The Malaria Project: The U.S. Government's Secret Mission to Find a Miracle Cure [Audiobook]

The Malaria Project: The U.S. Government's Secret Mission to Find a Miracle Cure [Audiobook]
The Malaria Project: The US Government's Secret Mission to Find a Miracle Cure [Audiobook] by Karen M Masterson, read by Kimberly Farr
2014 | MP3@64 kbps + EPUB | 16 hrs 39 mins | 457.72MB

A fascinating and shocking historical exposé, The Malaria Project is the story of America's secret mission to combat malaria during World War II - a campaign modeled after a German project which tested experimental drugs on men gone mad from syphilis.

American war planners, foreseeing the tactical need for a malaria drug, recreated the German model, then grew it tenfold. Quickly becoming the biggest and most important medical initiative of the war, the project tasked dozens of the country's top research scientists and university labs to find a treatment to remedy half a million U.S. troops incapacitated by malaria.

Spearheading the new U.S. effort was Dr. Lowell T. Coggeshall, whose persistent drive and curiosity led him to become one of the most innovative thinkers in solving the malaria problem. He recruited private corporations and the nation's best chemists out of Harvard and Johns Hopkins to make novel compounds that skilled technicians tested on birds. Giants in the field of clinical research, including the future NIH director James Shannon, then tested the drugs on mental health patients and convicted criminals - including infamous murderer Nathan Leopold.

By 1943, a dozen strains of malaria brought home in the veins of sick soldiers were injected into these human guinea pigs for drug studies. After hundreds of trials and many deaths, they found their "magic bullet", but not in a U.S. laboratory. America 's best weapon against malaria, still used today, was captured in battle from the Nazis. Called chloroquine, it went on to save more lives than any other drug in history.

Karen M. Masterson, a journalist turned malaria researcher, uncovers the complete story behind this dark tale of science, medicine, and war. Illuminating, riveting and surprising, The Malaria Project captures the ethical perils of seeking treatments for disease while ignoring the human condition.

Culloden: Scotland's Last Battle and the Forging of the British Empire [Audiobook]

Culloden: Scotland's Last Battle and the Forging of the British Empire [Audiobook]
Culloden: Scotland's Last Battle and the Forging of the British Empire [Audiobook] by Trevor Royle, read by Tim Bruce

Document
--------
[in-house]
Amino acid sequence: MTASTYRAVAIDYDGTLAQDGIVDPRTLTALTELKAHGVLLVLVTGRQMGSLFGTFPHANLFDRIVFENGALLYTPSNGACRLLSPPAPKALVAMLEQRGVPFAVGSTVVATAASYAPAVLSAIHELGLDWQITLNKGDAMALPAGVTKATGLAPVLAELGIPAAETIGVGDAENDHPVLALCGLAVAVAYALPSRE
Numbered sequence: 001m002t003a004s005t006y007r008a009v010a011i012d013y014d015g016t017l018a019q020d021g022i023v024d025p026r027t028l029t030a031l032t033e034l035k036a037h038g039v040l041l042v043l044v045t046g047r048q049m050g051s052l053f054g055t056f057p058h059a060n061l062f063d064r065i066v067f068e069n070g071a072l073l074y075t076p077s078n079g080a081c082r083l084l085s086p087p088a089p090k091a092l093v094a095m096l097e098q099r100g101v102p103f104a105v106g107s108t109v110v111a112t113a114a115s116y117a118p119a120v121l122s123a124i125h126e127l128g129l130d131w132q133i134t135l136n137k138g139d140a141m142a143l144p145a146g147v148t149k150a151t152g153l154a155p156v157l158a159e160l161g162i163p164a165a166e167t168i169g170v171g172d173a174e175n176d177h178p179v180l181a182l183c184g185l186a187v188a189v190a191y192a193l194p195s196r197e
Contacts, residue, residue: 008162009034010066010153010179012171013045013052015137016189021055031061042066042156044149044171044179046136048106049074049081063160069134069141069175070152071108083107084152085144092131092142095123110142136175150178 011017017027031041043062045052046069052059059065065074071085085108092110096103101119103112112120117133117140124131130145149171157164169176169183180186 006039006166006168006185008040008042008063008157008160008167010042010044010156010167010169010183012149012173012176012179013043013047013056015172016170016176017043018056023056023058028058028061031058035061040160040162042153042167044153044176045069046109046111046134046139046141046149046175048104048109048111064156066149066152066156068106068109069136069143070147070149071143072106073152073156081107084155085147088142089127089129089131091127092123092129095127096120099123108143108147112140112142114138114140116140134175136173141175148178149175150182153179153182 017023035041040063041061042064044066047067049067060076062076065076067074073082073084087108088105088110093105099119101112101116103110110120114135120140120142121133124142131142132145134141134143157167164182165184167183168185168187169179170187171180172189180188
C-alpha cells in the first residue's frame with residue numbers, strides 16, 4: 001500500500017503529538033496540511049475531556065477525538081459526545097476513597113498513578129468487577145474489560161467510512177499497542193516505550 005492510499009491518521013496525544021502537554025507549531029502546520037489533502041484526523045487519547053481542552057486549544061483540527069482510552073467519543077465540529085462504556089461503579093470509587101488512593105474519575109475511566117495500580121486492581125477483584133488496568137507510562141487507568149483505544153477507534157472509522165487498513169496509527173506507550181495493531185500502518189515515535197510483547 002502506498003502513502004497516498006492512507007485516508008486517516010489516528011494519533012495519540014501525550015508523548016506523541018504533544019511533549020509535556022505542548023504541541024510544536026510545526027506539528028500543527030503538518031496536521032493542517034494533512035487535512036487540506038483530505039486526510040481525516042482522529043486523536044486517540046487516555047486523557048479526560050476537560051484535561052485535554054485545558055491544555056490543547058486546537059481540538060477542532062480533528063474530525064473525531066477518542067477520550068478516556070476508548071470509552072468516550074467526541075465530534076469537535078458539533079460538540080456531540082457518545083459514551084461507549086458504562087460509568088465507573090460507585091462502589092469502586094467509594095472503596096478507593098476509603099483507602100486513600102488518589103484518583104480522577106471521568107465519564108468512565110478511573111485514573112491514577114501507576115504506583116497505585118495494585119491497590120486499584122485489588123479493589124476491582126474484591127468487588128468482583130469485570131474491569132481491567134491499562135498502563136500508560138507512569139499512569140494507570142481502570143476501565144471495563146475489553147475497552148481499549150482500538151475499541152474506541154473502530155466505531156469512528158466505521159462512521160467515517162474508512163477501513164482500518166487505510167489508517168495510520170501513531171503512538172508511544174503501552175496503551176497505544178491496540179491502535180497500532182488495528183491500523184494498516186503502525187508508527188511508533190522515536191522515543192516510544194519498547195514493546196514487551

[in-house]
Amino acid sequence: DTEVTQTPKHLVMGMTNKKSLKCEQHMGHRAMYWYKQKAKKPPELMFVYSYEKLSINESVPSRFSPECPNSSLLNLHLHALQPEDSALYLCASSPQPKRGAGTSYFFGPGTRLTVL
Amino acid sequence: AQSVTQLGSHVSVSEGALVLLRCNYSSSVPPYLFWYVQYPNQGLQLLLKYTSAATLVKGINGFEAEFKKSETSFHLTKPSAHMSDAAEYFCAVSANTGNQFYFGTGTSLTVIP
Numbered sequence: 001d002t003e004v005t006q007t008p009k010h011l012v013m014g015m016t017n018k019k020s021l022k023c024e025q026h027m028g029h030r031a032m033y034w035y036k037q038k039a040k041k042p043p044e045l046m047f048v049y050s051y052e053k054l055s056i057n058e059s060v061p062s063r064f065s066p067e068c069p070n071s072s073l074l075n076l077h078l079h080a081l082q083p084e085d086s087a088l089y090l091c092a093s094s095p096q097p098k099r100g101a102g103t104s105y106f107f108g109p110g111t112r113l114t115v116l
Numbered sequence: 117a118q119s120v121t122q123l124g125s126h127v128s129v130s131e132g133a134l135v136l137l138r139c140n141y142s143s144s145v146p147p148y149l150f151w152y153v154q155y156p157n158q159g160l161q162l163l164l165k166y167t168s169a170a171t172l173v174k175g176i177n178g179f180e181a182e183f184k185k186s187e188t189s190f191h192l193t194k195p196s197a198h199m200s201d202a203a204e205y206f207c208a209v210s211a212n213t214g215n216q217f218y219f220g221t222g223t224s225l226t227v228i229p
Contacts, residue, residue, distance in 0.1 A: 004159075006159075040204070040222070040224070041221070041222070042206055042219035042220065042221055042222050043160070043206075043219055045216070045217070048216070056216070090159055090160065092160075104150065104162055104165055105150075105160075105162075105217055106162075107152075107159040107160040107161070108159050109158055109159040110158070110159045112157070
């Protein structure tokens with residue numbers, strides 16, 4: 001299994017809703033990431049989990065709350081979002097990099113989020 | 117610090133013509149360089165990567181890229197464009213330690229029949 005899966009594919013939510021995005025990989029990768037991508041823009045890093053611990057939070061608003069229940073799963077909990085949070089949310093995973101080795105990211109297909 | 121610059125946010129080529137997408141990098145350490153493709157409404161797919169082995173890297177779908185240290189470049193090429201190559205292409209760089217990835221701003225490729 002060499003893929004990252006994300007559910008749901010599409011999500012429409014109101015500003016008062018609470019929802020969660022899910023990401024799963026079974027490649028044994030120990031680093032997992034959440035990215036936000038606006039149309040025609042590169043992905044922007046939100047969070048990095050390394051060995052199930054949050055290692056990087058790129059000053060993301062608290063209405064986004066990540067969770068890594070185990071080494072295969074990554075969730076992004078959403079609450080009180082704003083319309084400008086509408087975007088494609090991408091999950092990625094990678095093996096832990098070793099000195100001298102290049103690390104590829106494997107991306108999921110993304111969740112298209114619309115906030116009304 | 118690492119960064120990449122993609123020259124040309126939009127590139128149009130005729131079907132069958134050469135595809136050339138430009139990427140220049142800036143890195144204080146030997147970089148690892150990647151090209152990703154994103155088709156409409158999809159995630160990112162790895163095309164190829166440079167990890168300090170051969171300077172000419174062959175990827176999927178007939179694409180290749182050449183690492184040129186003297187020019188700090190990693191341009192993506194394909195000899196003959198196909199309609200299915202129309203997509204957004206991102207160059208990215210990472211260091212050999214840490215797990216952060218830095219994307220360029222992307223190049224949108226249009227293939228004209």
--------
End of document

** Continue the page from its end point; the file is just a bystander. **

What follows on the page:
2017 | MP3@64 kbps + EPUB | 11 hrs 23 mins | 313.81MB

The Battle of Culloden in 1746 has gone down in history as the last major battle fought on British soil: a vicious confrontation between the English Royal Army and the Scottish forces supporting the Stuart claim to the throne. But this wasn't just a conflict between the Scots and the English: The battle was also part of a much larger campaign to protect the British Isles from the growing threat of a French invasion.

In Trevor Royle's vivid and evocative narrative, we are drawn into the ranks, on both sides, alongside doomed Jacobites fighting fellow Scots dressed in the red coats of the Duke of Cumberland's Royal Army. And we meet the Duke himself, a skilled warrior who would gain notoriety because of the reprisals on Highland clans in the battle's aftermath. Royle also takes us beyond the battle as the men of the Royal Army, galvanized by its success at Culloden, expand dramatically and start to fight campaigns overseas in America and India in order to secure British interests. We see the revolutionary use of fighting techniques first implemented at Culloden, and we see the creation of professional fighting forces.

67 Shots: Kent State and the End of American Innocence [Audiobook]

67 Shots: Kent State and the End of American Innocence [Audiobook]
67 Shots: Kent State and the End of American Innocence [Audiobook] by Howard Means, read by Alan Sklar
2016 | MP3@64 kbps + EPUB | 9 hrs 59 mins | 274.98MB

At midday on May 4, 1970, after three days of protests, several thousand students and the Ohio National Guard faced off at opposite ends of the grassy campus commons at Kent State University. At noon, the Guard moved out. Twenty-four minutes later, Guardsmen launched a 13-second, 67-shot barrage that left four students dead and nine wounded, one paralyzed for life. The story doesn't end there, though. A horror of far greater proportions was narrowly averted minutes later when the Guard and students reassembled on the commons.

The Kent State shootings were both unavoidable and preventable: unavoidable in that all the discordant forces of a turbulent decade flowed together on May 4, 1970, on one Ohio campus; preventable in that every party to the tragedy made the wrong choices at the wrong time in the wrong place.

Using the university's recently available oral-history collection supplemented by extensive new interviewing, Means tells the story of this iconic American moment through the eyes and memories of those who were there, and skillfully situates it in the context of a tumultuous era.

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